In the best teams, members listen to one another and show sensitivity to feelings and needs.

As an applied improvisational facilitator and trainer, revisiting Google’s findings generated this list of the top attributes of a good improviser:

  • Learn to say “yes, and” in order to build with the contribution of others.
  • Find your way to collaboration, rather than disagreement.
  • Make others look good; build trust and a safe environment so people can take risks and develop new capabilities.
  • Actively listen, be present and sensitive to nonverbal cues.
  • Celebrate mistakes (in order to create a culture of learning and innovation).

Re-reading Google’s findings shed light on why recent trainings with undergraduates and graduate students that I’ve conducted via Career Services, have been so rewarding. Arming young people who are entering the workforce with the tools of improv and performance means that they will, indeed, become our leaders of tomorrow.

 

The Art of Interviewing: How to Create Conversation

Job seekers tend to rehearse (prepare) for interviews.  Hiring managers, on the other hand, because they’re often busy executives, don’t necessarily prepare for interviewing candidates.

Candidates frequently report that an interviewer seemed unprepared and/or unintrested. At their worst, interviewers are doing most of the talking and barely ask a question or they ask the overly-scripted questions, i.e., “What are your strengths and weaknesses?” At their best, interviewers are relaxed and open. Candidates enjoy conversational interviews where a true connection is established.

The best interviewers work to create a conversation. One way to develop this skill is to approach the interview as an improvised scene. Put your focus on creating a conversation that allows for both the interviewer and the candidate to get to know each other. By doing so, it’s easier to assess the fit – culturally and otherwise – for both parties. An additional plus is that interviewing might even be enjoyable!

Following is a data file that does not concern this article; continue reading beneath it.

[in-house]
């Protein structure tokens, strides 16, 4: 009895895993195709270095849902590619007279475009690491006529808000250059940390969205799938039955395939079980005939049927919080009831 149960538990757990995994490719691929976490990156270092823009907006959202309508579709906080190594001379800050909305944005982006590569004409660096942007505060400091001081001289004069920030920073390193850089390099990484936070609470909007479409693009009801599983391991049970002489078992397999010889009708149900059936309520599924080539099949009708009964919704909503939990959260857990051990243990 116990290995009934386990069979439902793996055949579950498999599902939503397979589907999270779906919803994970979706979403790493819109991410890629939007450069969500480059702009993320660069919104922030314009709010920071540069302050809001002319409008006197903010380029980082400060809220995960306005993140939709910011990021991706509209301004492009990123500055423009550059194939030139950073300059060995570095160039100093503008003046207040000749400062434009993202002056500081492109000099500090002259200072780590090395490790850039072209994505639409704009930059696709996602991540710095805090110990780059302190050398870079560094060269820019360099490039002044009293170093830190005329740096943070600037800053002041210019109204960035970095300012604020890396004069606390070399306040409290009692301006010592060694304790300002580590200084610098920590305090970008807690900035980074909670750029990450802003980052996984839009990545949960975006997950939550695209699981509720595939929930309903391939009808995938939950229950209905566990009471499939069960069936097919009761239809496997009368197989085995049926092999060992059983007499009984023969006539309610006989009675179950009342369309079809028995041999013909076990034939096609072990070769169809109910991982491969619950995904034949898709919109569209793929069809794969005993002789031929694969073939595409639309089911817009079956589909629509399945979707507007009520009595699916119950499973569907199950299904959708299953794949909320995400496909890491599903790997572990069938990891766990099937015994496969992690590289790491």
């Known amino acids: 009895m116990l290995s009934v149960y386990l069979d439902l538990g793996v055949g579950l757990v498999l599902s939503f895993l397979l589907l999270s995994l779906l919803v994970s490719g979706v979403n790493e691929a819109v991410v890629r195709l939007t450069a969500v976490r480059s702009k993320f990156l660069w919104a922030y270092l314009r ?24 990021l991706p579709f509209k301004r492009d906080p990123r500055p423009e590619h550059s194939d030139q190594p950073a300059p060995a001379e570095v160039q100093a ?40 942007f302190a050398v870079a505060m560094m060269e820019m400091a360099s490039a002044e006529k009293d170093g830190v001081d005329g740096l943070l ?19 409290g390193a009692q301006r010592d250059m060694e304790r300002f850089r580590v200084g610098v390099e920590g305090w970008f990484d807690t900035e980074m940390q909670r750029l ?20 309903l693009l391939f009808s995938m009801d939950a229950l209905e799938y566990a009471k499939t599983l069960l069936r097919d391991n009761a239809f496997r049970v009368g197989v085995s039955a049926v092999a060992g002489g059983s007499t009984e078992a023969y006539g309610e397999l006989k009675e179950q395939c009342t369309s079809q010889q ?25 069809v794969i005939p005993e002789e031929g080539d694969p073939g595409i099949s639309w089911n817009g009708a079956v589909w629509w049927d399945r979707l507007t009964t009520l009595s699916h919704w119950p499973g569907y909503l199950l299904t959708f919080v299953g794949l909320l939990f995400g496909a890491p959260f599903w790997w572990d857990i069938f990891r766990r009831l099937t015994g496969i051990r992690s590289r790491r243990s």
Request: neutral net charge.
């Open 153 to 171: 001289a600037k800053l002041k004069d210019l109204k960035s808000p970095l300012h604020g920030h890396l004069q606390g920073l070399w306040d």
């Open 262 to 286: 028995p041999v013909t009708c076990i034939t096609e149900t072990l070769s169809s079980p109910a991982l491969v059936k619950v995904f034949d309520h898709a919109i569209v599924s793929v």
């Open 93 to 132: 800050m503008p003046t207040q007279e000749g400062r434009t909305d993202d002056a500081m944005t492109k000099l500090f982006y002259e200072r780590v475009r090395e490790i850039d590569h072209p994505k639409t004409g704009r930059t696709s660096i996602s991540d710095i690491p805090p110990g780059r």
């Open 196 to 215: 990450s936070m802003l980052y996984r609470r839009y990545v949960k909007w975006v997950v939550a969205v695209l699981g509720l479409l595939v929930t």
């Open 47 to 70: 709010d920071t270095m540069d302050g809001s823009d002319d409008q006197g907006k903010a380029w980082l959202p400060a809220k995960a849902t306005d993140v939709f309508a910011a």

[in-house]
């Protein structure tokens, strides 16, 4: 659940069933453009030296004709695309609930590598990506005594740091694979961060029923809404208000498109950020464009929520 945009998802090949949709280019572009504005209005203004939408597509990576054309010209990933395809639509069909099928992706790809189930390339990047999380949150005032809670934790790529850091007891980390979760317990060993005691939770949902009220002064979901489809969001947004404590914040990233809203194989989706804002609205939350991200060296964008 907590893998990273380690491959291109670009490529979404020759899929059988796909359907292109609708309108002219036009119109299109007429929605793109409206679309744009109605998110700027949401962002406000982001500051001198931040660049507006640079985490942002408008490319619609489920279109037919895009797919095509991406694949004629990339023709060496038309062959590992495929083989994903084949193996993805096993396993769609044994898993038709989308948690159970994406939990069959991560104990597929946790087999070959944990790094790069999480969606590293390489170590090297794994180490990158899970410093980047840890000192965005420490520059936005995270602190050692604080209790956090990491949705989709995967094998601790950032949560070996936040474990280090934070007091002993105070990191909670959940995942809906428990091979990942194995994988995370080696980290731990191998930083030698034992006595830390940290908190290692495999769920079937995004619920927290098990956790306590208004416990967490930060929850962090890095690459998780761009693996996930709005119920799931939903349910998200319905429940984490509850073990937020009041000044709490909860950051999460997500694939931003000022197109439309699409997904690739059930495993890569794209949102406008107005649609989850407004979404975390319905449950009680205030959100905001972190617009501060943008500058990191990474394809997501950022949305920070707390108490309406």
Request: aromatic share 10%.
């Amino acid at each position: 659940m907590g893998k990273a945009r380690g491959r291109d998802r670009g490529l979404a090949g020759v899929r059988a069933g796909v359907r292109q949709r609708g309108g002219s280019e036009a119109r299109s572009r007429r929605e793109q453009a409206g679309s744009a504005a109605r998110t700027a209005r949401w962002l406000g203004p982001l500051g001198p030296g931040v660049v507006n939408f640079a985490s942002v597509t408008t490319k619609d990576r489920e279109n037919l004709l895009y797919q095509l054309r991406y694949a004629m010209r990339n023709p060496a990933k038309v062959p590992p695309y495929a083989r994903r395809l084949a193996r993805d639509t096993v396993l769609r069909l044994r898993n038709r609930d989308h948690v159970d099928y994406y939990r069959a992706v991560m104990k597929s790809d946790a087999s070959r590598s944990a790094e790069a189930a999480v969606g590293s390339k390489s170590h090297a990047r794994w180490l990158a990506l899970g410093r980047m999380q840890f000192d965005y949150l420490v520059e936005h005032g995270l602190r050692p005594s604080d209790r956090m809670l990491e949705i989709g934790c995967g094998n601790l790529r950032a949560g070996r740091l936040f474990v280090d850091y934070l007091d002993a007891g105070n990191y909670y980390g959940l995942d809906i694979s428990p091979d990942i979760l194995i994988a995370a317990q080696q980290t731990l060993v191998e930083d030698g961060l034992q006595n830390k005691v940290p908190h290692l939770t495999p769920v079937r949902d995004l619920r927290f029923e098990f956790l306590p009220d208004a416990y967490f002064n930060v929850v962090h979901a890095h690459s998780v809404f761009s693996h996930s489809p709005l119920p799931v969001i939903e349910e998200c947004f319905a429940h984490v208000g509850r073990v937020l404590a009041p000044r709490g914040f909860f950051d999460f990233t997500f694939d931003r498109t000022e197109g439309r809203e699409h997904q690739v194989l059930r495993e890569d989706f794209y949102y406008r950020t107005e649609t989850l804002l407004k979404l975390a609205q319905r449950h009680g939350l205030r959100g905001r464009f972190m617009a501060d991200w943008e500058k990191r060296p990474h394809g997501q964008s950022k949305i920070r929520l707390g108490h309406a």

Performance tips for interviewers:

  • Lead and enjoy the activity of creating conversation.
  • Be present as an active listener.
  • Be thoughtful and follow your curiosity.
  • Go slowly and allow the conversation to unfold.
  • Allow space for the interviewee’s questions. Be as honest and direct as possible in answering.
  • Take a risk and go somewhere together as you co-create the interview scene.
How to Pursue Purpose and Passion in Work (and Life)

I recently saw this graphic on Facebook and it reminded me of Ken Robinson’s great book: The Element: How Finding Your Passion Changes Everything. Thinking about our passion and our careers is not always something we do, as work often leads us away from our passions in life. Certainly there are some people who have successfully married their passions with their professional lives – this is what Robinson would call being in your “element”.

Robinson makes a case for exploring our passions and creativity to help us find where we belong professionally. Robinson writes about highly successful people from all walks of life, many of whom did not do well in school, who found communities of like-minded people, and created their lives by following their passions.

I recently came across an article by John Coleman on the Harvard Business Review site, You Don’t Find Your Purpose – You Build It. I appreciate how Coleman frames the discussion of purpose:

In achieving professional purpose, most of us have to focus as much on making our work meaningful as in taking meaning from it. Put differently, purpose is a thing you build, not a thing you find. Almost any work can possess remarkable purpose.